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Editorial: Twin States Fall Short When It Comes to Investing in Families


Saturday, June 02, 2018

With the Twin States aging in place rapidly, state governments in both Vermont and New Hampshire claim that attracting and retaining young people, especially families, is a high priority. Maybe so, but what they have not yet done is make the kind of investments needed to grow their brands.

On the other hand, consider Germany, a nation that faces a similar demographic challenge of replacing an aging workforce that is passing into retirement. As Bloomberg News reported recently, German birth rates are at their highest levels since the 1970s as a result of enlightened, family-friendly policies. Combined with robust immigration from Europe and the Middle East, the country is becoming well-positioned to remain competitive.

For decades, German fertility rates were among the world’s lowest, Bloomberg reports, but the trend was reversed when a series of laws was enacted to support families, including legislation that guaranteed day care for children as young as a year old. Combined with other benefits, Germany spends more than twice as much on families as on national defense.

By contrast, the efforts of Vermont and New Hampshire seem to have been largely promotional, trying to get the word out that they are swell places to live, work and raise a family. And when it comes to scenery, safety, employment, outdoor recreation and public schools, they undoubtedly are.

But neither state succeeded this year in enacting paid family leave, primarily because the two Republican governors — Phil Scott in Vermont and Chris Sununu in New Hampshire — opposed the measures. Scott also vetoed a bill that would have gradually raised the minimum wage in the state from $10.50 to $15 by 2024. The minimum wage in New Hampshire remains at $7.25, or $15,080 a year. This is not a matter of importance only for minimum-wage workers; an increase ripples through the economy, lifting other wages along with it.

In 2017, average tuition and fees at public four-year colleges in New Hampshire totaled $16,070, the highest in the nation. That tab just nosed out Vermont’s, which was cheaper by all of $30. Government funding per full-time student at New Hampshire and Vermont public colleges and universities was less than half the national average in 2015-2016, according to the College Board. And New Hampshire and Vermont are both in the top 10 in average student debt upon graduation.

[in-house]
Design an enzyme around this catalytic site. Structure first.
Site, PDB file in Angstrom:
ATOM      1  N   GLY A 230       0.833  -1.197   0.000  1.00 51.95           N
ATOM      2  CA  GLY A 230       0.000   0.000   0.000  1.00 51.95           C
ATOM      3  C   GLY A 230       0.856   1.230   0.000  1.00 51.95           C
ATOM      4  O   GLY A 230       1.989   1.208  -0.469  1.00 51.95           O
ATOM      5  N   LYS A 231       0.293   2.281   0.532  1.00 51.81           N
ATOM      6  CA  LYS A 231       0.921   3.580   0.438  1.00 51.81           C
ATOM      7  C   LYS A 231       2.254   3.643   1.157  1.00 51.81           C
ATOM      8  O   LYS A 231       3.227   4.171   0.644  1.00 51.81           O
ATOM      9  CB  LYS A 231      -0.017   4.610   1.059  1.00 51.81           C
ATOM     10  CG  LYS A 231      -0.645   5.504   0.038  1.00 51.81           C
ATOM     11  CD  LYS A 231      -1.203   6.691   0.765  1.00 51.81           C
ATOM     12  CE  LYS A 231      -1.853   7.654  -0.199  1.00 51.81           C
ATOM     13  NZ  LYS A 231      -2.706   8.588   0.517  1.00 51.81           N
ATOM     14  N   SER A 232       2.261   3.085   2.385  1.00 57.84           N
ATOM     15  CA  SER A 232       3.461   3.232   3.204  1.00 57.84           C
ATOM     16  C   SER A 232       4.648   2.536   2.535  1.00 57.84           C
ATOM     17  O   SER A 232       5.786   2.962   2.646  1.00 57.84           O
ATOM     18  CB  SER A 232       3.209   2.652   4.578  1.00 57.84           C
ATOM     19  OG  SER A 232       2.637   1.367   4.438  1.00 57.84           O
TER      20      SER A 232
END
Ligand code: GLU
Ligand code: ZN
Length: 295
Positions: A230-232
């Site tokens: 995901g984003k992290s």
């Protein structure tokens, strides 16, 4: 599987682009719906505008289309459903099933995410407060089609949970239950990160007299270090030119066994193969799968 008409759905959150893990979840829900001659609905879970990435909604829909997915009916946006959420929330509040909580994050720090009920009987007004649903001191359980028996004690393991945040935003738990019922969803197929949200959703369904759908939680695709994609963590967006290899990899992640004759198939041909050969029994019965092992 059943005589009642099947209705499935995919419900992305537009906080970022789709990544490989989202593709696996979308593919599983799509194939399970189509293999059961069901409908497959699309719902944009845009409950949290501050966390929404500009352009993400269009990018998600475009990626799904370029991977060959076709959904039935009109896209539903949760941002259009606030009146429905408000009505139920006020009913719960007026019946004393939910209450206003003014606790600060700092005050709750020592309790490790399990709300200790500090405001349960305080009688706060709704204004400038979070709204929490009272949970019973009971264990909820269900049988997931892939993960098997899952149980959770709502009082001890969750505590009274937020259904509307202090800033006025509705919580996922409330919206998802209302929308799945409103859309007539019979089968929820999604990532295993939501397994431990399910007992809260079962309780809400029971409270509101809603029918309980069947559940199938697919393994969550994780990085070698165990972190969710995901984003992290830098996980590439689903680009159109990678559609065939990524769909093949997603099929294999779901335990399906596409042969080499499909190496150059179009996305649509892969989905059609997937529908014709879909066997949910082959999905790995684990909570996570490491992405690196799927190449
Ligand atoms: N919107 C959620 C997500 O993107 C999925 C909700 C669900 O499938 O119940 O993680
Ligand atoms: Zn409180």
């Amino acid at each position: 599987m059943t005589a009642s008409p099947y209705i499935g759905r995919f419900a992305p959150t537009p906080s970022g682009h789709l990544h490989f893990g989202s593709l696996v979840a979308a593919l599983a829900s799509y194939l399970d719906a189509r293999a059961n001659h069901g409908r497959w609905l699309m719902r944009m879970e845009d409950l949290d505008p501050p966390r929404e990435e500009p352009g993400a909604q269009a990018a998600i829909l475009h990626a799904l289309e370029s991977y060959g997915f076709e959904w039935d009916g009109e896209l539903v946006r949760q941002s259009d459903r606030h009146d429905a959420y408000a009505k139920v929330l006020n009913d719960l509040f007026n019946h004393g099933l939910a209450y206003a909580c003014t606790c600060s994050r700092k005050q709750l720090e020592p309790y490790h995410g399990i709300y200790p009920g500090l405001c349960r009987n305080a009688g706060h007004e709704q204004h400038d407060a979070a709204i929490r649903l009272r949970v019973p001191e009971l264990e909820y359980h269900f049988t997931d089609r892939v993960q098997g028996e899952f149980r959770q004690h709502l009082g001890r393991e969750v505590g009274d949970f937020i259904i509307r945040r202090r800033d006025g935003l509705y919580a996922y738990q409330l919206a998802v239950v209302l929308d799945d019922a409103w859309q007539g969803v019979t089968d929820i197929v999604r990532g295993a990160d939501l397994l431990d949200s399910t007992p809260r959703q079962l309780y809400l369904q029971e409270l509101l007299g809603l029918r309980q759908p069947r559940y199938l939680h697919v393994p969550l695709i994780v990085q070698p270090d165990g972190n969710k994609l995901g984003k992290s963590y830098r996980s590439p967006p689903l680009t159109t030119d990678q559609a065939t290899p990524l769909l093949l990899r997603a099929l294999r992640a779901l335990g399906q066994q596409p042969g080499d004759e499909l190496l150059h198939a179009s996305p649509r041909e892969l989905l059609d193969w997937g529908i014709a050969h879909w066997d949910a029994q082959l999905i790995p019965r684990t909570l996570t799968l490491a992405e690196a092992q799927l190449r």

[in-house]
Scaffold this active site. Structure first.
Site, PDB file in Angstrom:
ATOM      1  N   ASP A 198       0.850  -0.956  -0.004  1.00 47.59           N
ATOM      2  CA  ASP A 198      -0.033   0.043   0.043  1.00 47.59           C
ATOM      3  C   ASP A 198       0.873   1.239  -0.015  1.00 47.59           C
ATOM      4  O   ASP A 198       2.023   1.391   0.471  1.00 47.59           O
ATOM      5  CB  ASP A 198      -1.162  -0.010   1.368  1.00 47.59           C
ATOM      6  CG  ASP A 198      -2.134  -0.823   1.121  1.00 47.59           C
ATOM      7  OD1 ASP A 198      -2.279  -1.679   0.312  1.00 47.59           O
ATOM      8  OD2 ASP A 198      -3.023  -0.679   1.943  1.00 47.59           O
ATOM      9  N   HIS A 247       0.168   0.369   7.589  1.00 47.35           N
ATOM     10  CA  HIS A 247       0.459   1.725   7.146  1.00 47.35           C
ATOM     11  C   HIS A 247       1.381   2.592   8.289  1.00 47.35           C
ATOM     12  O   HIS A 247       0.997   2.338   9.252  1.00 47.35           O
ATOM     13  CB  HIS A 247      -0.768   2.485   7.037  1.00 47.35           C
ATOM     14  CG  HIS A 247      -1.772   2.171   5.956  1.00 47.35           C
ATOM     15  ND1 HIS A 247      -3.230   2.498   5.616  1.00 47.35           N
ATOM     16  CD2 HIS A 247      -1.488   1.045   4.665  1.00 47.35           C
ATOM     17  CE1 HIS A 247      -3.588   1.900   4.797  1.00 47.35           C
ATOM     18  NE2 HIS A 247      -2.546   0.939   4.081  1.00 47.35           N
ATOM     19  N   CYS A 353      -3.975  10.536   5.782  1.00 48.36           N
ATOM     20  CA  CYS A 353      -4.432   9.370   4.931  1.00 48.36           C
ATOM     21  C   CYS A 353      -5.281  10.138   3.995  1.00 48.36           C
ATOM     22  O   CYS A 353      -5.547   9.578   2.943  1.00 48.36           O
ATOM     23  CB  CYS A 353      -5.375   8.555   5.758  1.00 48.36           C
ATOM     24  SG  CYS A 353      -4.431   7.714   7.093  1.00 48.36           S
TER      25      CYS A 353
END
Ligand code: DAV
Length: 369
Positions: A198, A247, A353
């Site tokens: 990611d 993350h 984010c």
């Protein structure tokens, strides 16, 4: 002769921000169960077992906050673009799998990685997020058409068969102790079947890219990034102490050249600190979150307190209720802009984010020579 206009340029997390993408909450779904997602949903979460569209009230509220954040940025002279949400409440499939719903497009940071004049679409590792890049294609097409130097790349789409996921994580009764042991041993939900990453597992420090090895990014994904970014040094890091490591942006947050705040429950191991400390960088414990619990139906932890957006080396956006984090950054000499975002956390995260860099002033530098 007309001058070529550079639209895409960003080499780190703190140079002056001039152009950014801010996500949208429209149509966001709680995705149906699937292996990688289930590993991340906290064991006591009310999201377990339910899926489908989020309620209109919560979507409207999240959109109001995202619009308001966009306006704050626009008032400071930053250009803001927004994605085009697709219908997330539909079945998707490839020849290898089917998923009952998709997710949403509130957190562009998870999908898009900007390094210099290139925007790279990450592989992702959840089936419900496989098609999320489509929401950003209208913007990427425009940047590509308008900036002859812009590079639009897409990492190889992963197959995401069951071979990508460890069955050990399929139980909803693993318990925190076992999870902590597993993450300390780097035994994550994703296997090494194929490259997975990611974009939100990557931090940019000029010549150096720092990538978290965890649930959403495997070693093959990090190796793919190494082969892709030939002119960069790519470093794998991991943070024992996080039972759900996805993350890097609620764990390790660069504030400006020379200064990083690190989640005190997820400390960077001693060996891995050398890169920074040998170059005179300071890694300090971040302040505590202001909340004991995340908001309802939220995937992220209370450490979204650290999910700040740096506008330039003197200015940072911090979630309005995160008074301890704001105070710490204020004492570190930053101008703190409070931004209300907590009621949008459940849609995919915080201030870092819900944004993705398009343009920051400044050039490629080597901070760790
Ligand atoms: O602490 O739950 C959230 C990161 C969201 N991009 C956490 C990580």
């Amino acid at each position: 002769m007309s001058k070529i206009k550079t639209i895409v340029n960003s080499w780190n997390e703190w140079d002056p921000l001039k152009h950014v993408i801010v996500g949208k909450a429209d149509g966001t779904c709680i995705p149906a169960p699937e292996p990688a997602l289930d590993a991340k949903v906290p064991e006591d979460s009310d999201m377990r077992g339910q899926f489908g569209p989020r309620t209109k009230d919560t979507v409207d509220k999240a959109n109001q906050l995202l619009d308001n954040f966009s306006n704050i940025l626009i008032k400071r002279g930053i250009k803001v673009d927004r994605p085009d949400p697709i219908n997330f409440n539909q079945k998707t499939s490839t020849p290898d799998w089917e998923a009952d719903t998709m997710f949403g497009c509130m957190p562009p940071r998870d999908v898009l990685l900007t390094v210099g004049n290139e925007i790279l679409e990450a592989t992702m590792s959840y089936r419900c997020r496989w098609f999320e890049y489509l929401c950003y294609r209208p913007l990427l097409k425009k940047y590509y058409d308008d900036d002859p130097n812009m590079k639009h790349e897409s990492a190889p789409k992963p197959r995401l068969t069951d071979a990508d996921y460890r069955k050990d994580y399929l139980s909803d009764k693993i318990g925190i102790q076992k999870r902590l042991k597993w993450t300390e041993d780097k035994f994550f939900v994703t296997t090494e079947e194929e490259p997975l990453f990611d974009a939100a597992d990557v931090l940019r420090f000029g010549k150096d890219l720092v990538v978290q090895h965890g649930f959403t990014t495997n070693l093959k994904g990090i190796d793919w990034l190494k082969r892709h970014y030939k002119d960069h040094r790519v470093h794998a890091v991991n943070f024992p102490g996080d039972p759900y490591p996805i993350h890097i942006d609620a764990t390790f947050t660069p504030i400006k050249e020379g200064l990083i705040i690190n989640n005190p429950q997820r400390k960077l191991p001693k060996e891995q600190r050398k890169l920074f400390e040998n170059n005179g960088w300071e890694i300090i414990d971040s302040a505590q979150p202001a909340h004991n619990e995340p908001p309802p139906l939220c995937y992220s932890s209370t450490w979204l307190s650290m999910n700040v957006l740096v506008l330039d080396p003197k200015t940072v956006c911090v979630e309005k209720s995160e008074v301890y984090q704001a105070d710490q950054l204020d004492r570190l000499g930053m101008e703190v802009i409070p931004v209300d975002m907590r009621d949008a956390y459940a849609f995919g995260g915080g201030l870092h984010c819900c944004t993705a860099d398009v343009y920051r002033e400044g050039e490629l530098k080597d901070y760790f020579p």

Affordable housing is in short supply. Those attending a forum at Dartmouth College last month were told that in the Upper Valley alone, at least 5,000 more affordable housing units are needed (affordable being defined as requiring less than 30 percent of household income). That may seem surprising in a region in which institutions such as Dartmouth College and Dartmouth-Hitchcock Medical Center employ many highly paid individuals, but wages in many other fields are relatively low. And as Andrew Winter, executive director of Twin Pines Housing Trust, pointed out, for the many people who work at low-paying or minimum wage jobs, most housing in the Upper Valley is simply out of reach.

The list goes on and on. Many families in the Twin States, for example, struggle to find reliable, affordable day care for their children. On average, licensed child care costs about 12 percent of median household income in both New Hampshire and Vermont, according to one advocacy organization.

Of course, many other factors also help determine where people want to live. Northern New England’s harsh winter climate is a deal-breaker for some, and young people may savor more entertainment and cultural opportunities than the region offers. But if Vermont and New Hampshire truly want to attract a younger population to keep their economies and civic life vibrant, it’s going to take prudent and targeted public investments in the kind of material support families require in these times.